When a plea agreement is made pursuant to Fed.R.Crim.P. 11(e)(1)(C), the trial court may accept or reject the agreement, but, absent exceptional circumstances, it may not accept the defendant's guilty plea and impose a sentence greater, United States v. Herrera, 640 F.2d 958, 960 n. 2 (9th Cir.1981) (dictum); United States v. Burruezo, 704 F.2d 33, 38 (2d Cir.1983), or less severe, Semler, 883 F.2d at 833, than that agreed upon.


960 F.2d at 773 (emphasis added).


Neither Fernandez nor the first two cases cited in support of this proposition, Herrera and Burruezo, discuss exceptional circumstances. The phrase therefore apparently refers to a standard announced in Semler, the third cited decision. In Semler, we suggested that in an "exceptional case" the district court, after initially sentencing a defendant, may reduce the sentence in response to a Rule 35(b) motion.1 Semler, 883 F.2d at 835. Thus, absent a Rule 35(b) motion, the law in this circuit has not previously recognized "exceptional circumstances" as a basis for disregarding the sentence contained in a plea agreement under Rule 11(e)(1)(C).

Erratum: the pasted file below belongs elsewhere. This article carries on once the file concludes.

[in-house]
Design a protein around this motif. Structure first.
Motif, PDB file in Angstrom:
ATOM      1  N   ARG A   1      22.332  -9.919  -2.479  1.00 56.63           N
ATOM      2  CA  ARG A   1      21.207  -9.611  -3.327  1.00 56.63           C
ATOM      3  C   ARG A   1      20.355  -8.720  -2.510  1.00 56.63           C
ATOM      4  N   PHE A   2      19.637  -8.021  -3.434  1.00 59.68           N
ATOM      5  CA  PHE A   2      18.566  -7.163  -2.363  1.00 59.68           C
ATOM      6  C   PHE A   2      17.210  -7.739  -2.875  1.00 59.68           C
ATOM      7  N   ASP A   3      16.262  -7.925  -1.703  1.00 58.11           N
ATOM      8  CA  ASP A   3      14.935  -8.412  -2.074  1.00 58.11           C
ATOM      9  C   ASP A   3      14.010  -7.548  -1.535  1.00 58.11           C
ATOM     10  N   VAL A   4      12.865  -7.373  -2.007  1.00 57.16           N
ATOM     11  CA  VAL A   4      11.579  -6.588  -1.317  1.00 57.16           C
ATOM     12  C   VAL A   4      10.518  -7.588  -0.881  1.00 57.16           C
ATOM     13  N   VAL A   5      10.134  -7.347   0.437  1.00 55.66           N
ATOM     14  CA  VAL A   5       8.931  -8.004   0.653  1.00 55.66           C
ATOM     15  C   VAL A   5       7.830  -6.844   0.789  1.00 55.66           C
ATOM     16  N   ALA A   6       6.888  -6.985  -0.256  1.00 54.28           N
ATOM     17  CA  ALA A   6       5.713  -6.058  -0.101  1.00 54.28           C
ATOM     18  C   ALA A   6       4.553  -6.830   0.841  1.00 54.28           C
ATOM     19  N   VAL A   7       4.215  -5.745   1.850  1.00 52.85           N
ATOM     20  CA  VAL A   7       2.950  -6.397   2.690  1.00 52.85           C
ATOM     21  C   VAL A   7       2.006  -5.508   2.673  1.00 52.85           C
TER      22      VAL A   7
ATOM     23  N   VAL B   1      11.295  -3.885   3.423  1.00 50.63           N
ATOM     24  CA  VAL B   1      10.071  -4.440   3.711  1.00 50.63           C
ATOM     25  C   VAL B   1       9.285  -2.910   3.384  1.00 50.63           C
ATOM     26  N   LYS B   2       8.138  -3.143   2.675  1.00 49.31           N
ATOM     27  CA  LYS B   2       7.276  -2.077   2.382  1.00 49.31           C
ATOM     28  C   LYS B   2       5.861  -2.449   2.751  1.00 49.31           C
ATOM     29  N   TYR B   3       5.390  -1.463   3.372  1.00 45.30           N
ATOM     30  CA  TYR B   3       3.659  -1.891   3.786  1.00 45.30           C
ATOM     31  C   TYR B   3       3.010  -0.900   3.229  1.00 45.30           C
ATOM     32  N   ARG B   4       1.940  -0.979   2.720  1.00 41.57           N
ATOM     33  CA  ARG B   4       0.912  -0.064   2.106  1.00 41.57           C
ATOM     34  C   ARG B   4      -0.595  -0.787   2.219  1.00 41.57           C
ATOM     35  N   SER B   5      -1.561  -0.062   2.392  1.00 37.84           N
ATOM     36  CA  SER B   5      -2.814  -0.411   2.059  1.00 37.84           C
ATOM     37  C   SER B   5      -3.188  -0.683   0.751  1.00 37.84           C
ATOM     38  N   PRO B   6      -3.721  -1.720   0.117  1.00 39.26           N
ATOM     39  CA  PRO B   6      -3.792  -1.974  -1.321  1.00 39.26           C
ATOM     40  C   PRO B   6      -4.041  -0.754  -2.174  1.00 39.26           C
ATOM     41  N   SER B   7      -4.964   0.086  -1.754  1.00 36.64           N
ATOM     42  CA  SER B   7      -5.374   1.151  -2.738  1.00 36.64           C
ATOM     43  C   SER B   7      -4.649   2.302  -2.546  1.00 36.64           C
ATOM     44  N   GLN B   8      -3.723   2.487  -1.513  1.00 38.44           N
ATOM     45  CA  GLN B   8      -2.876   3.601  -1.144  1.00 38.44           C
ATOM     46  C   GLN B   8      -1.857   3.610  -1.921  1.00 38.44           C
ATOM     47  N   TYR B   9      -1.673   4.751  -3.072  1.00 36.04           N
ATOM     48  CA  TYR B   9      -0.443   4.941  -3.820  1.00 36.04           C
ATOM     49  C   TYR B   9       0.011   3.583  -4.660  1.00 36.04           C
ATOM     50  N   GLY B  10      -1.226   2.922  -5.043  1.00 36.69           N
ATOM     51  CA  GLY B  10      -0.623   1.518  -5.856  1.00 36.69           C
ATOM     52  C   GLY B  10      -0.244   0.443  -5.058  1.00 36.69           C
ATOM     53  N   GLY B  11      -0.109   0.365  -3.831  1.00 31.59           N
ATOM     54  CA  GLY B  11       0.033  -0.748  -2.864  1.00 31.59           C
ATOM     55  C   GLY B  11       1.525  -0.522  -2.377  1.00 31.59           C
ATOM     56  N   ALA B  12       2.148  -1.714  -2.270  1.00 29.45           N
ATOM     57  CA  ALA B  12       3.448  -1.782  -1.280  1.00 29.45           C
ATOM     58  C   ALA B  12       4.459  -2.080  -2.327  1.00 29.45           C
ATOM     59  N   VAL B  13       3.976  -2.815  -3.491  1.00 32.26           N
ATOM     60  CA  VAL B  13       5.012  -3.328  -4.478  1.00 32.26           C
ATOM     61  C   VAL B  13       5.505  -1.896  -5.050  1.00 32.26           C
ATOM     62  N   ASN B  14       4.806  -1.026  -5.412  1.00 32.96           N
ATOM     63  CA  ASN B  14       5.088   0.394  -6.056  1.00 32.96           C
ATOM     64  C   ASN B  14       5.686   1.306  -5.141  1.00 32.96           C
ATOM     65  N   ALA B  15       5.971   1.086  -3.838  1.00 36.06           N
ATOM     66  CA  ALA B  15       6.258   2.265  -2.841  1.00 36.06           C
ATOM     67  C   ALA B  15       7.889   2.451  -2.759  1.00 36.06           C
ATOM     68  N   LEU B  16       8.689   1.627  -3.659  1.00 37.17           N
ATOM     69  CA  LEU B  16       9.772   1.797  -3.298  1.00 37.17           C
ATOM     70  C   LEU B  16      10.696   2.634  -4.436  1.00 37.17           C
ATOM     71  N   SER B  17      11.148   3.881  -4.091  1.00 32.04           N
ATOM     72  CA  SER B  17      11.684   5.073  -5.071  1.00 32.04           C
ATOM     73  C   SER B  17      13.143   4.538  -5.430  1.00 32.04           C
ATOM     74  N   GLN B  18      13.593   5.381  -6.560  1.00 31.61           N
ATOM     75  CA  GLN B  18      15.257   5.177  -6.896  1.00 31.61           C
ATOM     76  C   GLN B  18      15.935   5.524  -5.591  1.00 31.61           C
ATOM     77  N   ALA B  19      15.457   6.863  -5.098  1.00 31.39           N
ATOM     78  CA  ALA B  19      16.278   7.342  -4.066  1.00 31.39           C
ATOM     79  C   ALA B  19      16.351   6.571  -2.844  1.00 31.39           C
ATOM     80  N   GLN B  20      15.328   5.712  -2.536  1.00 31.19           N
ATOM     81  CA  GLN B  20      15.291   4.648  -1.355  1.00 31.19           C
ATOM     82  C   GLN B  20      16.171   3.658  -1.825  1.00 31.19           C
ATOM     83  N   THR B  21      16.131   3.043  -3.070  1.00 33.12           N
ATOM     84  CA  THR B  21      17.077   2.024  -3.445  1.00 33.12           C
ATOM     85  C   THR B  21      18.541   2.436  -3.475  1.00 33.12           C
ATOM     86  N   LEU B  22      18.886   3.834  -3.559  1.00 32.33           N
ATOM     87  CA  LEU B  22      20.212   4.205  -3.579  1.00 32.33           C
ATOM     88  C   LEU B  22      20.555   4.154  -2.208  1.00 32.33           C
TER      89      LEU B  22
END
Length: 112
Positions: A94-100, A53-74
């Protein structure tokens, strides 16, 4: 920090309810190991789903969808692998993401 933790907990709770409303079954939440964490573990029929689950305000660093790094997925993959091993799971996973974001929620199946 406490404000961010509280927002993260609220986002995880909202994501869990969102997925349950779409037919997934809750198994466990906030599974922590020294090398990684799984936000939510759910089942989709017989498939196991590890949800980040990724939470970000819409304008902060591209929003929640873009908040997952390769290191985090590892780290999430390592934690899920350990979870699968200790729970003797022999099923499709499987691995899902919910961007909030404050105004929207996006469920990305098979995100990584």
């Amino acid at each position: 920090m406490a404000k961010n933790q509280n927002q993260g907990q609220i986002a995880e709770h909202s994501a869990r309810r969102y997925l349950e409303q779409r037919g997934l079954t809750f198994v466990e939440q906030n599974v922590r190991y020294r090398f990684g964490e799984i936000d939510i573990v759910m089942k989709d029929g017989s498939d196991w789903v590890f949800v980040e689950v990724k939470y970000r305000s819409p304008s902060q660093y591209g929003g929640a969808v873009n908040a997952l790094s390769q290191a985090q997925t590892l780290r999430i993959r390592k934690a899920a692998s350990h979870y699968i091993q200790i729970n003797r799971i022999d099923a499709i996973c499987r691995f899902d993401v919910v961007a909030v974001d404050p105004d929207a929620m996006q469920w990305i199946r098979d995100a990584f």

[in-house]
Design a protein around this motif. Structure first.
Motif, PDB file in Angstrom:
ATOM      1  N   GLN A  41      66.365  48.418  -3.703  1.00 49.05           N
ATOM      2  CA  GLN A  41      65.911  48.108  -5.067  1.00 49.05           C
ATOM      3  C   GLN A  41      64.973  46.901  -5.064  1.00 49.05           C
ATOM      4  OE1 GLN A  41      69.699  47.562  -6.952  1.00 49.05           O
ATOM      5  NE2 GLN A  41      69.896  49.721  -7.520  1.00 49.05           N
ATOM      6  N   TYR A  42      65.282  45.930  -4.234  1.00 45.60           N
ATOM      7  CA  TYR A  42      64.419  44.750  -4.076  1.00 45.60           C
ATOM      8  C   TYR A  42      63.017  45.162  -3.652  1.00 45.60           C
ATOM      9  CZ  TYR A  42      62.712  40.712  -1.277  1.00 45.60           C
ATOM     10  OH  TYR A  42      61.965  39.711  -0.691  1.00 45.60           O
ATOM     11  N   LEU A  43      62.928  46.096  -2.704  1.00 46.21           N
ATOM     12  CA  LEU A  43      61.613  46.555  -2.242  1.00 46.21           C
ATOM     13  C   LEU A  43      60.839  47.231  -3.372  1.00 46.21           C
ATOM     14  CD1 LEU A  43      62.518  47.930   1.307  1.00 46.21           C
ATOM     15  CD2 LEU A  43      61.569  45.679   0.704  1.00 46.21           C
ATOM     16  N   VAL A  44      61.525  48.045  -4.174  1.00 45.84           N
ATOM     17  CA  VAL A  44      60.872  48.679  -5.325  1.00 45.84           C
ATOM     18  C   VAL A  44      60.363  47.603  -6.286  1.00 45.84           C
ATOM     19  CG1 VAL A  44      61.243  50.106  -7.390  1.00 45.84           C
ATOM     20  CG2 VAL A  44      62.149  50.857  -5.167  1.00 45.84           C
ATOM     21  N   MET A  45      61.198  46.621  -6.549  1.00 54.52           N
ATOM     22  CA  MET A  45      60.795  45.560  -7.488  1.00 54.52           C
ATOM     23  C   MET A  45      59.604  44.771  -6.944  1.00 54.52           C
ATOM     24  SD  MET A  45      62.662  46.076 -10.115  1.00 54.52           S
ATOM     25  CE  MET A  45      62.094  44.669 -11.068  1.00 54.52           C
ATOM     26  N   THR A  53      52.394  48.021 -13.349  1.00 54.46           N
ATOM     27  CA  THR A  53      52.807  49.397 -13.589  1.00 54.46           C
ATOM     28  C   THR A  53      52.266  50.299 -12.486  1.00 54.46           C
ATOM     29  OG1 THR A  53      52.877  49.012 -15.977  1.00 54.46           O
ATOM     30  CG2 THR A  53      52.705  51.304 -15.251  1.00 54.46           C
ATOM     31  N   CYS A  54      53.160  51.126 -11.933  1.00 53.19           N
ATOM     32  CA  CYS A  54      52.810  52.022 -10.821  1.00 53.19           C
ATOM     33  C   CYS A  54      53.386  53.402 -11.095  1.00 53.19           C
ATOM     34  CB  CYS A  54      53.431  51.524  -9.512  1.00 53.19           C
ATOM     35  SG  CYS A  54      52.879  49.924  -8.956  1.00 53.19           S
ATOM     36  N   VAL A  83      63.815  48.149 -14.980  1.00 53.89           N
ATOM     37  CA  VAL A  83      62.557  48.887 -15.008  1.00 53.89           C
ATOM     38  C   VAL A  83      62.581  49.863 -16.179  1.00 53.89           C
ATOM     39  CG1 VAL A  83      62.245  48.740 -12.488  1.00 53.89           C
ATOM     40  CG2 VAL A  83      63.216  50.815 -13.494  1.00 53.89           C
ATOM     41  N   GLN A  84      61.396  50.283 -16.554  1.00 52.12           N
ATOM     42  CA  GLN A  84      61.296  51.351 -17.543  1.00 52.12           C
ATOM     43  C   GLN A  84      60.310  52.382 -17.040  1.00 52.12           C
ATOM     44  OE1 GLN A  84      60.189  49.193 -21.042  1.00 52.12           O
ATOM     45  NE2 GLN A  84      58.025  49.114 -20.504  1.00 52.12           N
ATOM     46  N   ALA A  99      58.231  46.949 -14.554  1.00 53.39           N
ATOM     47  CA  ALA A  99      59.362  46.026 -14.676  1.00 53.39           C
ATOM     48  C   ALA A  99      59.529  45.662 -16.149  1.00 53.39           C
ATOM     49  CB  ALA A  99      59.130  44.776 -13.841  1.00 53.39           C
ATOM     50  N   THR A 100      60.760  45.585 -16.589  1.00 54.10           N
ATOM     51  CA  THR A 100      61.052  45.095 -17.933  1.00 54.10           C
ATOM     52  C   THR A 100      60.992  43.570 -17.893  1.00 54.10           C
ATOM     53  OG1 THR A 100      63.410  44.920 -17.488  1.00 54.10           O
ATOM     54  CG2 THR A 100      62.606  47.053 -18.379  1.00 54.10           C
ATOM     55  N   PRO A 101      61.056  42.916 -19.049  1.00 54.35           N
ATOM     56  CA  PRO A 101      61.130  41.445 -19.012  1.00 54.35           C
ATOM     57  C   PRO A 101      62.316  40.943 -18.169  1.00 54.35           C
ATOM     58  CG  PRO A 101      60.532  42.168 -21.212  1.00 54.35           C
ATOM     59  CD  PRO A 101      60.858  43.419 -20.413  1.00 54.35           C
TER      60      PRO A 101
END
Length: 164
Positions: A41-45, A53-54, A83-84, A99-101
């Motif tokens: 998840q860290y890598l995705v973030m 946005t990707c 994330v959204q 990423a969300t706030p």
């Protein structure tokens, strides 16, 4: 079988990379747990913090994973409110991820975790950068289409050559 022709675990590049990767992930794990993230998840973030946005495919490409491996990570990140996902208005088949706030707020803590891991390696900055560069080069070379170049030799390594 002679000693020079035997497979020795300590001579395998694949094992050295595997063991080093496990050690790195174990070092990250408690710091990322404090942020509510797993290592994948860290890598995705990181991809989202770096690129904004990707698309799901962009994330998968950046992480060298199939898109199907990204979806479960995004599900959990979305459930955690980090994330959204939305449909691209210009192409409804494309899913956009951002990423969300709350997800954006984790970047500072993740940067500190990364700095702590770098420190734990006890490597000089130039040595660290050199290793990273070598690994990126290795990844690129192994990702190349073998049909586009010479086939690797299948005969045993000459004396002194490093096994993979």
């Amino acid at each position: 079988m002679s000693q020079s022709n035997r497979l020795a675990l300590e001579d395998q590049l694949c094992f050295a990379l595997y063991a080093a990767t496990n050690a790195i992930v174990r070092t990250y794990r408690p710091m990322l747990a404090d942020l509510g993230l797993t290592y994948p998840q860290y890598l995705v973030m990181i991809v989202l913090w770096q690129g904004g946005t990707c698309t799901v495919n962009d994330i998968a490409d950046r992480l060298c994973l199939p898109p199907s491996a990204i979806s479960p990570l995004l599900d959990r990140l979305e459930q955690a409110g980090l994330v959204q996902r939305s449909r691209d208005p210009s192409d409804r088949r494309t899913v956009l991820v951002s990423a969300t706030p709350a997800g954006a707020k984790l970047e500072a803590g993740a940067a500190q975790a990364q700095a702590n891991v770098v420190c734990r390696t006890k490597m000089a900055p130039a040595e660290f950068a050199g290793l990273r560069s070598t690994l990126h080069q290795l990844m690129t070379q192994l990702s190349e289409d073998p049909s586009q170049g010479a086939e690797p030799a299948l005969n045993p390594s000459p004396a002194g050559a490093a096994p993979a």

Moreover, there exists no reason to implement such an exception. The time for the court to evaluate whether the impact of exceptional circumstances renders the agreement inappropriate is prior to acceptance and, as the court explained in Semler, if the court later finds the disposition in the plea agreement objectionable it "should not reduce the sentence unilaterally in such cases, but rather should withdraw its acceptance of the plea agreement and permit the parties to renegotiate a more appropriate sentence or opt for trial." Semler, 883 F.2d at 835. The district court erred in concluding "exceptional circumstances" might justify disregarding the terms of the plea agreement that it had accepted.